Choosing A Race Team

An increasing number of drivers go karting via a formal race team. Instead of running their own show with their own equipment, they pay a third party to prepare and run their kart.

There are various pros and cons for running with a team, and various ways it can be done, from simply renting tent space on race day to full arrive-and-drive with all the perks.

It has spawned its own industry within the industry, especially for those contesting the bigger race meetings and series.

Terence Dove, publisher of On Racing Drivers, recently posted about choosing a team and getting the most from the experience.

“It’s not all obvious and most drivers fall into the same trap” he says.

His most recent newsletter, published below with permission, covers how to choose the right team (not necessarily the team that wins everything), how to avoid expectations that destroy your racing experience, plus how to start to take pole position in the team hierarchy.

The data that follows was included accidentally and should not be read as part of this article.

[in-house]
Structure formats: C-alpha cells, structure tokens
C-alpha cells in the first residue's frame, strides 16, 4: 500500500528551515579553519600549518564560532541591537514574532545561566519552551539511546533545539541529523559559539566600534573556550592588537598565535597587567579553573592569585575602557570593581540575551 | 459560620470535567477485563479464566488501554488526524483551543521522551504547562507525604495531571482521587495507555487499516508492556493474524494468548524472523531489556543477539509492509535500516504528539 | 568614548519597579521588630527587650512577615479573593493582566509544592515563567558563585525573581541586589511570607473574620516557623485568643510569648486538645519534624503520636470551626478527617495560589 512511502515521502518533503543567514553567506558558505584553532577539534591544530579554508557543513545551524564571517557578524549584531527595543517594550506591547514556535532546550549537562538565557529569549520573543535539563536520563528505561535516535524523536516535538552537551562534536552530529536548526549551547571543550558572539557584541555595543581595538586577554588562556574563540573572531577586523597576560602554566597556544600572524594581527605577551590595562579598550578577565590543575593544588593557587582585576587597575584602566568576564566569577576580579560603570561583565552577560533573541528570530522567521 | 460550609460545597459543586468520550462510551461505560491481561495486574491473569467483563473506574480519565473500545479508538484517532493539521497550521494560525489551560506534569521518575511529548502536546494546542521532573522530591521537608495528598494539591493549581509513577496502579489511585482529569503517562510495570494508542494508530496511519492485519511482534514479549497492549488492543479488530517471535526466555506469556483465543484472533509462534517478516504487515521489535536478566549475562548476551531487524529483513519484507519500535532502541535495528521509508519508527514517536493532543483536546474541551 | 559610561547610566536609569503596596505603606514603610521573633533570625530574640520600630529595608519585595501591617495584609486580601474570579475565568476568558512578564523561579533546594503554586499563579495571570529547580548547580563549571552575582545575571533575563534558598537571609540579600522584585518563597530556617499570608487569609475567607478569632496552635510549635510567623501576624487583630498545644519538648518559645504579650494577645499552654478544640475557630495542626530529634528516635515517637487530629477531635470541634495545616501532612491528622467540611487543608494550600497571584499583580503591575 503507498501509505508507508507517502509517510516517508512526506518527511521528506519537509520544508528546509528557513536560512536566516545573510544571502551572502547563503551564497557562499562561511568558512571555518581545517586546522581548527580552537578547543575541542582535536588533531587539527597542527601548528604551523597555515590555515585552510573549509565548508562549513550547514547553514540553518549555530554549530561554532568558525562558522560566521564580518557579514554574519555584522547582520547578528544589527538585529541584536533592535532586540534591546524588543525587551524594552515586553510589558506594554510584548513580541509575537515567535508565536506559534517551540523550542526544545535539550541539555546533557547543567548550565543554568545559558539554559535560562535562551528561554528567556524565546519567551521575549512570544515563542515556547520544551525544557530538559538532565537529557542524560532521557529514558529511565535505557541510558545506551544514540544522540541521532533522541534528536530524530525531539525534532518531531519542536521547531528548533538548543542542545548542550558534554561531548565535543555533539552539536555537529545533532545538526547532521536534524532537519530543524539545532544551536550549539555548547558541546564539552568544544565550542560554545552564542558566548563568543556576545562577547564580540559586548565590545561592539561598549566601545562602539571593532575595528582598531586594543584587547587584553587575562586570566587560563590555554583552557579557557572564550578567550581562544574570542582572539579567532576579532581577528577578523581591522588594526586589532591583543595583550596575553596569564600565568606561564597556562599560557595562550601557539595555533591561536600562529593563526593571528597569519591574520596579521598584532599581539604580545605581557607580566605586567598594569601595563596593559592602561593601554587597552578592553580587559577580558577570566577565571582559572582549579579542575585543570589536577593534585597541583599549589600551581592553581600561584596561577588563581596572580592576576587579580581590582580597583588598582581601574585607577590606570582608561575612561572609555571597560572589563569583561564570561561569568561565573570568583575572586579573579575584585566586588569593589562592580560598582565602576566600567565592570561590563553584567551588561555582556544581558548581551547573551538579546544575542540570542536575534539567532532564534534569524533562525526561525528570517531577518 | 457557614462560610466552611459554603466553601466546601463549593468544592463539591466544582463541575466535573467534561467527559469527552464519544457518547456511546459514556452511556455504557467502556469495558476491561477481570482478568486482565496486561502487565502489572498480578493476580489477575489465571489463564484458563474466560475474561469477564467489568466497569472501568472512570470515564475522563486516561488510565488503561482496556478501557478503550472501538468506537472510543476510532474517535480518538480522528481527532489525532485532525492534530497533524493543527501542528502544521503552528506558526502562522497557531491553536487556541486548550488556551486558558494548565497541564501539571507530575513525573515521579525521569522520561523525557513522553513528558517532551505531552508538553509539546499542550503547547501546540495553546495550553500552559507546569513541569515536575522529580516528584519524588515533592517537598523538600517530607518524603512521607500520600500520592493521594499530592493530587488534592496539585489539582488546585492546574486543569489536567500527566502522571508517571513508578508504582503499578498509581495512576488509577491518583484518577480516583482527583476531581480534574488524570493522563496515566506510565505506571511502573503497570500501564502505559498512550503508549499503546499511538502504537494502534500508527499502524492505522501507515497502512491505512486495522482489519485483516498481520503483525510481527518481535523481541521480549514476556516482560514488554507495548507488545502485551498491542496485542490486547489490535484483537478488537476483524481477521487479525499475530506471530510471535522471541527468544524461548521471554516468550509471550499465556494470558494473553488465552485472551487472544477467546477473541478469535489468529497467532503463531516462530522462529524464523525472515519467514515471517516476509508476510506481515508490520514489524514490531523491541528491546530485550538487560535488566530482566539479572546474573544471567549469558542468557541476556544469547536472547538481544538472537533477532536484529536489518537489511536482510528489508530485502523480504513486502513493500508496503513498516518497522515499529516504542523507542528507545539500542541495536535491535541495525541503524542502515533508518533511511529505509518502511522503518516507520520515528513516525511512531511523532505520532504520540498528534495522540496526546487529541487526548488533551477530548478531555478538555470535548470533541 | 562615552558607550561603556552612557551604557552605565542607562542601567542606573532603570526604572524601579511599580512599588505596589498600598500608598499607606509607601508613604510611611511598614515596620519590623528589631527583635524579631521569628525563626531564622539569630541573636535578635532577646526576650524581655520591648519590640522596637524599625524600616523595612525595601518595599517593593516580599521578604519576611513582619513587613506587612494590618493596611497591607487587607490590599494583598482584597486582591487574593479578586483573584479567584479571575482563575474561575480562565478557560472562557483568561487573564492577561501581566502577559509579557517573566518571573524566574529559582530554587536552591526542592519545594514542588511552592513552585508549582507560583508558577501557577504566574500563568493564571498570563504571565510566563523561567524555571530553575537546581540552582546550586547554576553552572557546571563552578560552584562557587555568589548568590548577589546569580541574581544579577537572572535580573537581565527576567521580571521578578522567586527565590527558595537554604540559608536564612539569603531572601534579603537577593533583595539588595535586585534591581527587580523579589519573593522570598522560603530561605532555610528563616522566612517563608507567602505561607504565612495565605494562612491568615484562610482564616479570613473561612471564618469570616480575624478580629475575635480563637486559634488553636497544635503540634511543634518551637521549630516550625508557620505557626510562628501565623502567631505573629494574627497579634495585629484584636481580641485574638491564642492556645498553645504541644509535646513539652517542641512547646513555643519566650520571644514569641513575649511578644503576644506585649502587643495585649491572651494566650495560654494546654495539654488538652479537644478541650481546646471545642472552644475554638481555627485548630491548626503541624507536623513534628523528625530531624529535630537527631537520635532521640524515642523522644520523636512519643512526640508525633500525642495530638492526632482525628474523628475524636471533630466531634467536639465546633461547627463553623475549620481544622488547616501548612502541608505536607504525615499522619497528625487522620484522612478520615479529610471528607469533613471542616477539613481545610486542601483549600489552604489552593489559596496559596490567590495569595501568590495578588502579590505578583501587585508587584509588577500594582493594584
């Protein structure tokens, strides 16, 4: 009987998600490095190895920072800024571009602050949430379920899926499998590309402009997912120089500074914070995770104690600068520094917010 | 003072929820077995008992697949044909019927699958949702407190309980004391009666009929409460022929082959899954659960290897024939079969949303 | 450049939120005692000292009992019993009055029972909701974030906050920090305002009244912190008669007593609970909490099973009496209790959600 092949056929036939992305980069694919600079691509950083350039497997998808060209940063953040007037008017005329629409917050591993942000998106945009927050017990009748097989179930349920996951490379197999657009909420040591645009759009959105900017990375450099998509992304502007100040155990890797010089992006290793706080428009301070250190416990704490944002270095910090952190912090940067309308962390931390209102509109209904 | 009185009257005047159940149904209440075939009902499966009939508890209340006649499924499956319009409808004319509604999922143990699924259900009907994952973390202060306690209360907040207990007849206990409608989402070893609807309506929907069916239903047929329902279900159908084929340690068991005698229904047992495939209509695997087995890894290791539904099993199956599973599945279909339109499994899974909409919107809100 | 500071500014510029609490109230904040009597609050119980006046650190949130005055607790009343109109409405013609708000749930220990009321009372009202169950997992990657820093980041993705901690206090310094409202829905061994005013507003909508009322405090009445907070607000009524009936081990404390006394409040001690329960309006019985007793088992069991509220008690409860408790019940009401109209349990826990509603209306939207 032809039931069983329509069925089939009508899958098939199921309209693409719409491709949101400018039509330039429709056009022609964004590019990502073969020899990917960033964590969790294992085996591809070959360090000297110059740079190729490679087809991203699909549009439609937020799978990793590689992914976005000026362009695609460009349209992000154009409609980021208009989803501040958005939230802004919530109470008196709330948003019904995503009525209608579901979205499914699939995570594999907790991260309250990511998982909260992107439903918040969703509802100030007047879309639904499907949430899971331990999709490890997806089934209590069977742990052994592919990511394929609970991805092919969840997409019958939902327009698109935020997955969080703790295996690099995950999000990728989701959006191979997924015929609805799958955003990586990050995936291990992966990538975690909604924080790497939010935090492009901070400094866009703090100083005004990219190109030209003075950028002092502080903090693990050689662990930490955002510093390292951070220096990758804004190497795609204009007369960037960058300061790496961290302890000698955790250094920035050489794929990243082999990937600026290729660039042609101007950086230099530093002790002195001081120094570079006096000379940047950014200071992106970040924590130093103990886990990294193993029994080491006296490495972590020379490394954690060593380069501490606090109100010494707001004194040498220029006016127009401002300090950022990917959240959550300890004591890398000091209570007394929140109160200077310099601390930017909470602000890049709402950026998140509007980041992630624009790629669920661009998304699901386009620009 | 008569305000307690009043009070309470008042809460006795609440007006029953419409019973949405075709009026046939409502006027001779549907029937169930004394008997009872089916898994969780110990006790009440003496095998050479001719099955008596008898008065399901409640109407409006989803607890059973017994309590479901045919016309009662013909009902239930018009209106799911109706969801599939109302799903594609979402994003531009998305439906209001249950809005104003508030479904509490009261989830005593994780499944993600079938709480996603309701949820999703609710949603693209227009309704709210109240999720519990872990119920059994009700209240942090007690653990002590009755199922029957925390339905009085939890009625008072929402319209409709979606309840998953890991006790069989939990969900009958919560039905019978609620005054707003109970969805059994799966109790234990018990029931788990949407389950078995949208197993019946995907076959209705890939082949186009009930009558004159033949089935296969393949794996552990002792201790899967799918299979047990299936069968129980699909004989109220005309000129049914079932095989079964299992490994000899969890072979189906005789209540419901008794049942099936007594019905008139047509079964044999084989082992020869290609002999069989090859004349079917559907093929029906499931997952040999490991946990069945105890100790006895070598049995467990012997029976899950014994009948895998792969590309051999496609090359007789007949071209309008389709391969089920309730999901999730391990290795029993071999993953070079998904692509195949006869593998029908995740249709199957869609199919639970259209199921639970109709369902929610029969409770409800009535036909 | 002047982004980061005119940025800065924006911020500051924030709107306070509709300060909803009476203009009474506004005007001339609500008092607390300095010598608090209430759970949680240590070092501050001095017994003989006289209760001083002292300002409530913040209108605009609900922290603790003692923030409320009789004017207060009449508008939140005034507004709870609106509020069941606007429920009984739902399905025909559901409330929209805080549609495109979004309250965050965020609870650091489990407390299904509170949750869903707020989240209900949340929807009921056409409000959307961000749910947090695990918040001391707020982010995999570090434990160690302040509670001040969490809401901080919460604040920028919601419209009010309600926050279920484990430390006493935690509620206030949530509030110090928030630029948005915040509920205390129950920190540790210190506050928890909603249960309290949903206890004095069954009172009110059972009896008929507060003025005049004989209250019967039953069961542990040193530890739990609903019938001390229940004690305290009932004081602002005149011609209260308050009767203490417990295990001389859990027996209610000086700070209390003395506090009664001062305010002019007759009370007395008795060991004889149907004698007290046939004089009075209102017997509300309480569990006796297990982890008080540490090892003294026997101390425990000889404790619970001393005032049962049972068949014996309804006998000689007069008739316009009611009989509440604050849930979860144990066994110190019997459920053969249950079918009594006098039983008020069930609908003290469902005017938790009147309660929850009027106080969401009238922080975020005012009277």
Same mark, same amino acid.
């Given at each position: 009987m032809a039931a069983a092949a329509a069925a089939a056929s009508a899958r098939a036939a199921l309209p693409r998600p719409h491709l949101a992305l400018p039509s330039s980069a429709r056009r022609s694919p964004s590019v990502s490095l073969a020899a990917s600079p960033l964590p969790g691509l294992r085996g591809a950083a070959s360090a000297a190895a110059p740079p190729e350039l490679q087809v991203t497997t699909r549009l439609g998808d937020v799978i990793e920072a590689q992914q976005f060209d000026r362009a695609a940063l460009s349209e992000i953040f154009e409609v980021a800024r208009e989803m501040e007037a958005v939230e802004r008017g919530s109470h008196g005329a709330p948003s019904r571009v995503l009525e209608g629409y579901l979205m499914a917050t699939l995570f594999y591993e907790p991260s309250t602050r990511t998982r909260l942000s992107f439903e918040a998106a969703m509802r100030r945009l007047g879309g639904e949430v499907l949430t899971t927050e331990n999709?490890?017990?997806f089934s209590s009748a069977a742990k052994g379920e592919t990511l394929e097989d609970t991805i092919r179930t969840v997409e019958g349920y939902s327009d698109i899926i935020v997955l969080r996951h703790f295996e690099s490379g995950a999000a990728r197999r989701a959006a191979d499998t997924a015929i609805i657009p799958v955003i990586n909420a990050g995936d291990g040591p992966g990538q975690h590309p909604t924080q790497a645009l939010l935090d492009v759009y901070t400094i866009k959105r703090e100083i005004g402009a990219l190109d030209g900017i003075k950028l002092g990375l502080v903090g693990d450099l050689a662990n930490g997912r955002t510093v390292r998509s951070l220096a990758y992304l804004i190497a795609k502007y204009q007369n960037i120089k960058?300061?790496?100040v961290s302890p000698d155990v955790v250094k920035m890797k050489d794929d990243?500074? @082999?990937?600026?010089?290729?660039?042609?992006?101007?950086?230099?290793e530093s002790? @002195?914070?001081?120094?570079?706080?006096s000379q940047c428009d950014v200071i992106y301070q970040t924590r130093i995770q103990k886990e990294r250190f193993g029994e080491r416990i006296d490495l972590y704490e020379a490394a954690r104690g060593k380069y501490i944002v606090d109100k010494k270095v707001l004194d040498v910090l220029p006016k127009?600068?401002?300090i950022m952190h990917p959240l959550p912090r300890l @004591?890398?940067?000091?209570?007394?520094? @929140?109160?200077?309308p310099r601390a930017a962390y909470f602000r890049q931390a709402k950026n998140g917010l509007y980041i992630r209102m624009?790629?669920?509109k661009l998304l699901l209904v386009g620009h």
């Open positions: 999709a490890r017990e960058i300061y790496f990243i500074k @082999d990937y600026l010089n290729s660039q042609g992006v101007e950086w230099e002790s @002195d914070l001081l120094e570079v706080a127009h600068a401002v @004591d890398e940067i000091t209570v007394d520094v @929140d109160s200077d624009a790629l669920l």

Finding the ‘Right’ team that matches your ambitions, budget and personality is key

by Terence Dove

When you’re shelling out money to join a racing team, it’s easy to fall into the trap of thinking:

“I’m paying, so they better deliver.”

Racing teams are racers first and foremost, trying to carve out a living. They’re not customer service reps waiting to cater to your every whim. This is where many go wrong, thinking that joining a team is a golden ticket to newfound speed and success. If that’s your line of thinking, you might be sorely disappointed and on the hunt for a new team sooner than you think.

What to look for in the right team for you

When you’re scouting for a kart racing team, chuck out any rose-tinted glasses and get realistic about what you’re stepping into. This isn’t a consumer market where you pay, sit back, and soak in the glory. It’s a gritty, relentless pursuit of racing victory, and the team you choose needs to reflect that hunger.